My Uncle Joe seems to be in a perpetual state of selling his business. Seriously, he’s been in a state of stepping out of it for what feels a good twenty years now; his exit strategy is forever being amended. It makes me wonder if he’s ever been serious about retiring. He’s about to turn 80, though, and his health is beginning to insist that something needs to change.
Not that I’m any kind of expert on succession planning for business. Melbourne might not be the easiest city in which to sell a publishing company, especially one that specialises in printing novelty year planners – its competitors are all digital these days. Still, business is pretty decent, and it seems like there should have been at least one prospective buyer out there over the past decade.
Granted, the whole thing of buying and selling businesses must be a bit of a process. For starters, there are the partnership and shareholder agreements to take care of, insurance arrangements to be made, and all that jazz. Then there’s the question of finding a buyer who’s willing to pay the asking price, and – in Uncle Joe’s case – making sure they won’t proceed to ride roughshod over your life’s work.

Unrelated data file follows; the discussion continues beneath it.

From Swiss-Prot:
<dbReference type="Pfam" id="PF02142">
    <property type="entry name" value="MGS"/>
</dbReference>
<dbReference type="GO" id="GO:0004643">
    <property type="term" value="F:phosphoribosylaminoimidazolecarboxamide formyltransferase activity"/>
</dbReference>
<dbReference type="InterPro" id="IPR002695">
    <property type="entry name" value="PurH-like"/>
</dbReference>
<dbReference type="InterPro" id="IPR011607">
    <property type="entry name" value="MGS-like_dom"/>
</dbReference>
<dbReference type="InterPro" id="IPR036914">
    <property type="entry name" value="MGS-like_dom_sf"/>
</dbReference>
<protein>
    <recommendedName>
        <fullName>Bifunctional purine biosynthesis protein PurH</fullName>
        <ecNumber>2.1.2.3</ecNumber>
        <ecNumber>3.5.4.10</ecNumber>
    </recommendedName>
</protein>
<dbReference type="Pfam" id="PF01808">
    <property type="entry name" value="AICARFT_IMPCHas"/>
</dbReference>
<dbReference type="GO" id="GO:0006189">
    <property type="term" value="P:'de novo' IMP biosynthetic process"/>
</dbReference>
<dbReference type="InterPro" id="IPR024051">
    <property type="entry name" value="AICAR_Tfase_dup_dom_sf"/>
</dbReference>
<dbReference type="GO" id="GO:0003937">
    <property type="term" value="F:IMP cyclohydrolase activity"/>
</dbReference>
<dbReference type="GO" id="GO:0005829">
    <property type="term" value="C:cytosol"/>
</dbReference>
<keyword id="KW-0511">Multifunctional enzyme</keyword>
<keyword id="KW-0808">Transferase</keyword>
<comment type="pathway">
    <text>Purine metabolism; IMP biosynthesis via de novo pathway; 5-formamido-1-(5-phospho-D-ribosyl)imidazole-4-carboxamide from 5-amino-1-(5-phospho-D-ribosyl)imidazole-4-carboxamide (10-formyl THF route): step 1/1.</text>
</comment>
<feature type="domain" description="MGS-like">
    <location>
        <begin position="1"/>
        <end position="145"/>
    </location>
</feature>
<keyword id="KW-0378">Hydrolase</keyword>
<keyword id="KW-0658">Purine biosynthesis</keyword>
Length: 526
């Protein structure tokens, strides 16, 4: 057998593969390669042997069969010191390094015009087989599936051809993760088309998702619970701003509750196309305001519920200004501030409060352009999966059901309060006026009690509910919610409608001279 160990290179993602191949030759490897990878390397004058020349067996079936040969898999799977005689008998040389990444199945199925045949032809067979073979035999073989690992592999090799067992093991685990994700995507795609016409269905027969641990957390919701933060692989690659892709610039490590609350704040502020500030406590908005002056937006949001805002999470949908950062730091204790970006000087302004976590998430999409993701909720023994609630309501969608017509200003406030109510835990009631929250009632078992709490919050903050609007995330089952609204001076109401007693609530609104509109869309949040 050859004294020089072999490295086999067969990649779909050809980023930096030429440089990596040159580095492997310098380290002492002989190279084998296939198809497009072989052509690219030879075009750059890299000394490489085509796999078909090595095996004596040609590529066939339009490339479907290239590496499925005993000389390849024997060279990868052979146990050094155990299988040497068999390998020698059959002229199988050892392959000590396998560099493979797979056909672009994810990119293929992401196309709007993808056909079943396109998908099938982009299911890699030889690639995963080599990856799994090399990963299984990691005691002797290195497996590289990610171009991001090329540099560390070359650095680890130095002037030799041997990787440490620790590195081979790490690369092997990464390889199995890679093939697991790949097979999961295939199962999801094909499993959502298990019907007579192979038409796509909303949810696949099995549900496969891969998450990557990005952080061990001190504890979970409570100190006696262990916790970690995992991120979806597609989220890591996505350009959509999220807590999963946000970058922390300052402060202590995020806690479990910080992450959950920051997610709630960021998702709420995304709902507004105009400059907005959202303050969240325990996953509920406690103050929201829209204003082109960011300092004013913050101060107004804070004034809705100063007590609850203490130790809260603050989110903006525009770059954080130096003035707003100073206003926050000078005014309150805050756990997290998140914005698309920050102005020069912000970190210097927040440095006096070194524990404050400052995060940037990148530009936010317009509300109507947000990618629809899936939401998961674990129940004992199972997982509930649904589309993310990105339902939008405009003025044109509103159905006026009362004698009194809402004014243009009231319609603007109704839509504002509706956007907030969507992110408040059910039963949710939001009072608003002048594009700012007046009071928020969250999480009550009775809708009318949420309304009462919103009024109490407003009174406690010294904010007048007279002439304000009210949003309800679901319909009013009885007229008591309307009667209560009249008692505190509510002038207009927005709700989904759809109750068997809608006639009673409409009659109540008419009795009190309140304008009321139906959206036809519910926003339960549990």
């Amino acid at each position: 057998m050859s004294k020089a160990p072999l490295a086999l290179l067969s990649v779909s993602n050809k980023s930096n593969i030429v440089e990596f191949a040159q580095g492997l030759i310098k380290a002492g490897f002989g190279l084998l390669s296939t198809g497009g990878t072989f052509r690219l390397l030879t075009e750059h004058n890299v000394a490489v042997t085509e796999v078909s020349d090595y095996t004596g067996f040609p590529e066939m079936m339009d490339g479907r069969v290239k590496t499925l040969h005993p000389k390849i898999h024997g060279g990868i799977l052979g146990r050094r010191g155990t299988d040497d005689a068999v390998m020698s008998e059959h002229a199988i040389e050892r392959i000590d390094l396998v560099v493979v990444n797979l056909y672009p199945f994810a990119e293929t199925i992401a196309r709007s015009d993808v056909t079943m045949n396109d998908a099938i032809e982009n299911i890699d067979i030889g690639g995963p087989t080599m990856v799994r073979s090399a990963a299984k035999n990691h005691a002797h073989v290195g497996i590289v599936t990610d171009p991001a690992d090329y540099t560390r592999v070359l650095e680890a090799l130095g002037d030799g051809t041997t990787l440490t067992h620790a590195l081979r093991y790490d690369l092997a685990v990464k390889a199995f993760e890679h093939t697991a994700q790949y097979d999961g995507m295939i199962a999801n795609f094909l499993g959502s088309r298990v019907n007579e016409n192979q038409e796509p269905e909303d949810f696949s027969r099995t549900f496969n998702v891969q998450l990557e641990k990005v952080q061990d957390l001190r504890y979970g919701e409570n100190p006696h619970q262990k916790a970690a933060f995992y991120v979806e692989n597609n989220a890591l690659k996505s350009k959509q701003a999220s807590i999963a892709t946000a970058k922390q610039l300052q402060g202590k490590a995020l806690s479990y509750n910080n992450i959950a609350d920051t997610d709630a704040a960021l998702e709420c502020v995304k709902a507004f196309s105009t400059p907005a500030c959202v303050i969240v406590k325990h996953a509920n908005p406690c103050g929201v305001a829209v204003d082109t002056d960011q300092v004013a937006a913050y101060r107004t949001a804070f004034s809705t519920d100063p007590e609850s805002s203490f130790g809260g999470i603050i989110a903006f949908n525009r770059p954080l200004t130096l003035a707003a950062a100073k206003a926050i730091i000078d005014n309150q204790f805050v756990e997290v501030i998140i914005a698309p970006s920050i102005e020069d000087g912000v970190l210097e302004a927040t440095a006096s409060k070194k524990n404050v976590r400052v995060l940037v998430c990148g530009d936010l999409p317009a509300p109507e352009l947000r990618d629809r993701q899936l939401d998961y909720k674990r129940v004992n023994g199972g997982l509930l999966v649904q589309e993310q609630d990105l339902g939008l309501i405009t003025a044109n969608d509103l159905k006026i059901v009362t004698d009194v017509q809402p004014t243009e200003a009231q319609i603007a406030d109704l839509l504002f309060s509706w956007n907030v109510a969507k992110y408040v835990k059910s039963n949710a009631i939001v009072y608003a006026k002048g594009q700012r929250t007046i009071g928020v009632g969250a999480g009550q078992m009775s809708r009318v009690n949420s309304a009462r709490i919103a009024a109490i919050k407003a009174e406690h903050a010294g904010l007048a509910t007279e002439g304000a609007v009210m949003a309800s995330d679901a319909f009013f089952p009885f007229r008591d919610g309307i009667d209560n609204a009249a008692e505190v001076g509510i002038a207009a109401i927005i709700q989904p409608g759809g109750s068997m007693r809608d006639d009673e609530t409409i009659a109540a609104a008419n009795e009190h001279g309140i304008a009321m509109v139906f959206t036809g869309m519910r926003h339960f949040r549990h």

I’m not sure what can be done about the last point, other than allowing the sale process to be drawn out for as long as need be. I assume that’s what’s causing the hold up. Still, I do wonder if Uncle Joe has sought assistance with the more technical matters. I mean, he might be a CEO, but he’s no legal expert.
Who are the best commercial lawyers, Melbourne business people? If I know Uncle Joe, I know that he prefers to present as someone who’s able to do all things single handedly, and I suspect he’s resisted recruiting assistance for this reason.
Don’t get me wrong – I think it’s great that he’s still has the energy to be at it. But I’m getting the impression that he’s finally at the point of wanting to cash in his hard-earned retirement.